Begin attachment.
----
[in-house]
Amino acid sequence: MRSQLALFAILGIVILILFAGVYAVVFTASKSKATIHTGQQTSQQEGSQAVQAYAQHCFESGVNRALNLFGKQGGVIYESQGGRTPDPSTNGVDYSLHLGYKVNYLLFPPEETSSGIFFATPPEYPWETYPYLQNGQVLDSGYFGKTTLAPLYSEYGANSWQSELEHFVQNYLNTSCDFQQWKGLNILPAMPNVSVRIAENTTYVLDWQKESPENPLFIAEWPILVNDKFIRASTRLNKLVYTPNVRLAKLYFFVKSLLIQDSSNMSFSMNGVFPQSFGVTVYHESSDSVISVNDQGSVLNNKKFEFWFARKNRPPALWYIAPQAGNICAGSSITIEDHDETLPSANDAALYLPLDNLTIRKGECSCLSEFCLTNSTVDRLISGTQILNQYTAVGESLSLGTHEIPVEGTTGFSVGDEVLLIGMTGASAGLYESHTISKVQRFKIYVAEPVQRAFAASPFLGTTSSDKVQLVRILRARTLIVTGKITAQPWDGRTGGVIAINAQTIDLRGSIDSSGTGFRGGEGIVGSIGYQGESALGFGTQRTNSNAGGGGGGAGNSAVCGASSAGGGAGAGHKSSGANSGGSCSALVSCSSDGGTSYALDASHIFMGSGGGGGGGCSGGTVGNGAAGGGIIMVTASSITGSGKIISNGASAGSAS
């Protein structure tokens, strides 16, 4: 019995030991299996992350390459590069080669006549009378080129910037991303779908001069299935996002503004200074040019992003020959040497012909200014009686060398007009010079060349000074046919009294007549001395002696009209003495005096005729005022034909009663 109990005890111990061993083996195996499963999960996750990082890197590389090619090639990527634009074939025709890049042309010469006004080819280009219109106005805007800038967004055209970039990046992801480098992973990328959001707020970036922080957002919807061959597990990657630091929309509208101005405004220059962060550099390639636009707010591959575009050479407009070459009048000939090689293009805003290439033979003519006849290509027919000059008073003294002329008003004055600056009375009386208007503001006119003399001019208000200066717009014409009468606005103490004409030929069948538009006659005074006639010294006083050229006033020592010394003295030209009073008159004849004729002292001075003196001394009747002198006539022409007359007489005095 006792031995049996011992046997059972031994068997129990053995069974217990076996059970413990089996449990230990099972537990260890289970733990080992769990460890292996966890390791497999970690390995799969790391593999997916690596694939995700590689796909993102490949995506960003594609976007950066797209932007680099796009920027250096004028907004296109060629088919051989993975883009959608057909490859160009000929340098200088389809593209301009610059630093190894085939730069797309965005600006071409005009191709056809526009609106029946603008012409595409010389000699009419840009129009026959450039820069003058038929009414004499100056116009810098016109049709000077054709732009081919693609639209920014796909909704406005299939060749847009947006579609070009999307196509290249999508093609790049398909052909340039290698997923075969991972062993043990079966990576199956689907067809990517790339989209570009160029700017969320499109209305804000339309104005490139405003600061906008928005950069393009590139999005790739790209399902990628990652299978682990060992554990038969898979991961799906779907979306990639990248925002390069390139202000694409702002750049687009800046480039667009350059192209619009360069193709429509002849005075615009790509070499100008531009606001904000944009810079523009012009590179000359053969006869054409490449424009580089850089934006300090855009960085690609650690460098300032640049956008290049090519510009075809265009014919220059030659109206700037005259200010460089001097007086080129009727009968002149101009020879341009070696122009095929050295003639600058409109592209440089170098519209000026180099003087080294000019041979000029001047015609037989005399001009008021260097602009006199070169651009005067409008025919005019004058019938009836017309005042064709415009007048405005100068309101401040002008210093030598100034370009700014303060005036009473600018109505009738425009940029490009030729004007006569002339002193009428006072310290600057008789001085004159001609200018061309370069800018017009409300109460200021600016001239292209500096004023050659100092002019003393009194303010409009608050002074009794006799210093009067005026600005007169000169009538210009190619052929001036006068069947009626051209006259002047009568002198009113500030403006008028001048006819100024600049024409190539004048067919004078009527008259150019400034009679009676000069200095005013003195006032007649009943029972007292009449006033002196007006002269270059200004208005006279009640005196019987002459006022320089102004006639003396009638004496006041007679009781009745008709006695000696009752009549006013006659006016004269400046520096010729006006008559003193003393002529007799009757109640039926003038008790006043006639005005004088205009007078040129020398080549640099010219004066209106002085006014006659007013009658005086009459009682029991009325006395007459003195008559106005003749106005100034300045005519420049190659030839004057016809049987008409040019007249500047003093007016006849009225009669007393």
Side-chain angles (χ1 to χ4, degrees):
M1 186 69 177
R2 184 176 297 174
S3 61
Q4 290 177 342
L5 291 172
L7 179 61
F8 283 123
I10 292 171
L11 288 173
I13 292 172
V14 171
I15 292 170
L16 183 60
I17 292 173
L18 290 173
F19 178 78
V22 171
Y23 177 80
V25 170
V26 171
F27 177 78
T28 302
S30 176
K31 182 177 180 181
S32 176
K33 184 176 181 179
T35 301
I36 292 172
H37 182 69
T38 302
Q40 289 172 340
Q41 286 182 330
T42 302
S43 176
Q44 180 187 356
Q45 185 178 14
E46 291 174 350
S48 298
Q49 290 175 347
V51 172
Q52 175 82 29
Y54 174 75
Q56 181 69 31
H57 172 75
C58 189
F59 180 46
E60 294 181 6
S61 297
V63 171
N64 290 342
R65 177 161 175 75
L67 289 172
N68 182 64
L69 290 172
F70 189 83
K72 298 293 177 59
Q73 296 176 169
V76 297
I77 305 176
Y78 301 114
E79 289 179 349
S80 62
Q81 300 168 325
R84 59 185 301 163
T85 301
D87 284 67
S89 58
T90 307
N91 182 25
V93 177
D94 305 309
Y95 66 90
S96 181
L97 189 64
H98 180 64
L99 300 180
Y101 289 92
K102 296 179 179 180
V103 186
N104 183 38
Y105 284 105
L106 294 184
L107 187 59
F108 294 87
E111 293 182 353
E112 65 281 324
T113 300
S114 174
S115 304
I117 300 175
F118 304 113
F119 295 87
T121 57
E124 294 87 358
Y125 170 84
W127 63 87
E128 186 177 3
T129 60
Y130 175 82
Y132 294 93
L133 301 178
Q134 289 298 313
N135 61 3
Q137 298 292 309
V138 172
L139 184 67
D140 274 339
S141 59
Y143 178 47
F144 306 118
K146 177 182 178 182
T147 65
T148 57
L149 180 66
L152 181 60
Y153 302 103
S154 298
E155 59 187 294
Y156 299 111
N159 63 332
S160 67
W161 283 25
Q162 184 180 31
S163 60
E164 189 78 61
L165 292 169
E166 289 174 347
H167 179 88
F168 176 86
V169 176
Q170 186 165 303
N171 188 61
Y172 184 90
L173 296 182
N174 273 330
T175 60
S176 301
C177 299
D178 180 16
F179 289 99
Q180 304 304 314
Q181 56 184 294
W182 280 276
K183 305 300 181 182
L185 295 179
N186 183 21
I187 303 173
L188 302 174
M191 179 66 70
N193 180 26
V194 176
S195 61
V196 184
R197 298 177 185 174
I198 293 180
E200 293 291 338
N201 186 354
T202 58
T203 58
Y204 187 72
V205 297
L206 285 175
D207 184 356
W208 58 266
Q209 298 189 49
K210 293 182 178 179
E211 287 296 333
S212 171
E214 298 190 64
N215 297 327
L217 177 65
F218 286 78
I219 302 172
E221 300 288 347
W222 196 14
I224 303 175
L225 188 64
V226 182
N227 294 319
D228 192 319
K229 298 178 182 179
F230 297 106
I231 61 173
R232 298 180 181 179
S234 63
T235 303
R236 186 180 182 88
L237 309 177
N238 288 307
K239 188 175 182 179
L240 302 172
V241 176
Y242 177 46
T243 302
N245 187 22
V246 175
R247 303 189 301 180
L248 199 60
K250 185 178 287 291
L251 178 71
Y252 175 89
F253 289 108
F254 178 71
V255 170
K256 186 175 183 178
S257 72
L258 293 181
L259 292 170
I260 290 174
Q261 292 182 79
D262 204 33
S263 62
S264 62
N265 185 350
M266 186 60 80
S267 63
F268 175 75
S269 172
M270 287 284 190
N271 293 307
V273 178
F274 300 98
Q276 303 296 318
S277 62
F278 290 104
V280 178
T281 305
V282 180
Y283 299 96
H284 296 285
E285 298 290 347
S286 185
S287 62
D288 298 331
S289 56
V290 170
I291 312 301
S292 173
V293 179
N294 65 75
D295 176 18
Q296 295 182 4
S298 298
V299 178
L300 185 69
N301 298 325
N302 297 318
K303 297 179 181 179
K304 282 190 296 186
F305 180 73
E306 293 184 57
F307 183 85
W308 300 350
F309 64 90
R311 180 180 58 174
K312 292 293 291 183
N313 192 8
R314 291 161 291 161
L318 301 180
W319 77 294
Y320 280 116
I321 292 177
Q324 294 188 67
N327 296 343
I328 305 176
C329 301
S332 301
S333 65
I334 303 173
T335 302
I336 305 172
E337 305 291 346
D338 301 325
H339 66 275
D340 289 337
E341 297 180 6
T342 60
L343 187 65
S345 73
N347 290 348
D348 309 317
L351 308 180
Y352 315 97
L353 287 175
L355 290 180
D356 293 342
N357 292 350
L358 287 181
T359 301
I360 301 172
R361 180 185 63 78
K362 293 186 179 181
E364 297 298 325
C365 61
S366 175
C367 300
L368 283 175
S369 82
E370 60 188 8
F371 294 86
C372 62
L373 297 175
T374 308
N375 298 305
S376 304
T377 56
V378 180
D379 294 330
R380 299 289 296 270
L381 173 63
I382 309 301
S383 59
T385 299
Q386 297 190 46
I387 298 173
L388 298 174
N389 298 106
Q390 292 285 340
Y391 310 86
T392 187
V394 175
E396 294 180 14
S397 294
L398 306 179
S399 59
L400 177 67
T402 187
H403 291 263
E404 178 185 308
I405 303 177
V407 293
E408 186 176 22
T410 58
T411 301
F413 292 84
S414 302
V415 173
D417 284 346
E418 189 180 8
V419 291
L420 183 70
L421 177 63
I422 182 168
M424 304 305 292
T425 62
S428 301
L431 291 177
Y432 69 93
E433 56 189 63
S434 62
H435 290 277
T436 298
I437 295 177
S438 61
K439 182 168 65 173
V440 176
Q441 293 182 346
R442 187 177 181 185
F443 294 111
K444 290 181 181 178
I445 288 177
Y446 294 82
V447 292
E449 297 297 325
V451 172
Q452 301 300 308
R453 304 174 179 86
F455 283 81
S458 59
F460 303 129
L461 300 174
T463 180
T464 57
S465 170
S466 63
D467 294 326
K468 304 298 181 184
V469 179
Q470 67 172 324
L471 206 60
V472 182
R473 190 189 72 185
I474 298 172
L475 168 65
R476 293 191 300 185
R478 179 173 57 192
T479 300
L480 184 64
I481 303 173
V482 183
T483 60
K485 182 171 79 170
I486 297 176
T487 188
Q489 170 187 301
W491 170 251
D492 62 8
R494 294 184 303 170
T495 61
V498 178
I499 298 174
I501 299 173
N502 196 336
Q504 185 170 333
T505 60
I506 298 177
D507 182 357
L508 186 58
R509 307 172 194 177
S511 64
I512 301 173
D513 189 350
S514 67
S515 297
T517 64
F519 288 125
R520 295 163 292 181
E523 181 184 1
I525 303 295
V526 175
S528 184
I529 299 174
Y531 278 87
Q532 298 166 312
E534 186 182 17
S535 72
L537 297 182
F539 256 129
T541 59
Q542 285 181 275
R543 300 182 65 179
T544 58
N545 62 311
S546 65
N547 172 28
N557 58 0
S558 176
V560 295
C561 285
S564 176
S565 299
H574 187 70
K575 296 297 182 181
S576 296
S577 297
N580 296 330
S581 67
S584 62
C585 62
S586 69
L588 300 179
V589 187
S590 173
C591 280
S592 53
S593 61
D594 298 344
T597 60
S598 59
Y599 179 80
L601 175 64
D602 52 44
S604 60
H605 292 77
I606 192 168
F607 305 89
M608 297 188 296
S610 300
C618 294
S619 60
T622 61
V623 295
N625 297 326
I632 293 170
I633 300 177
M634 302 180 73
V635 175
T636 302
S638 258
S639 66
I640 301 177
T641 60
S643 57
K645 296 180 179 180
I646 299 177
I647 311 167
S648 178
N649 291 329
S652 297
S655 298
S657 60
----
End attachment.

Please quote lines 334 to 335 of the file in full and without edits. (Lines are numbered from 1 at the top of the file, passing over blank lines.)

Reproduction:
I405 303 177
V407 293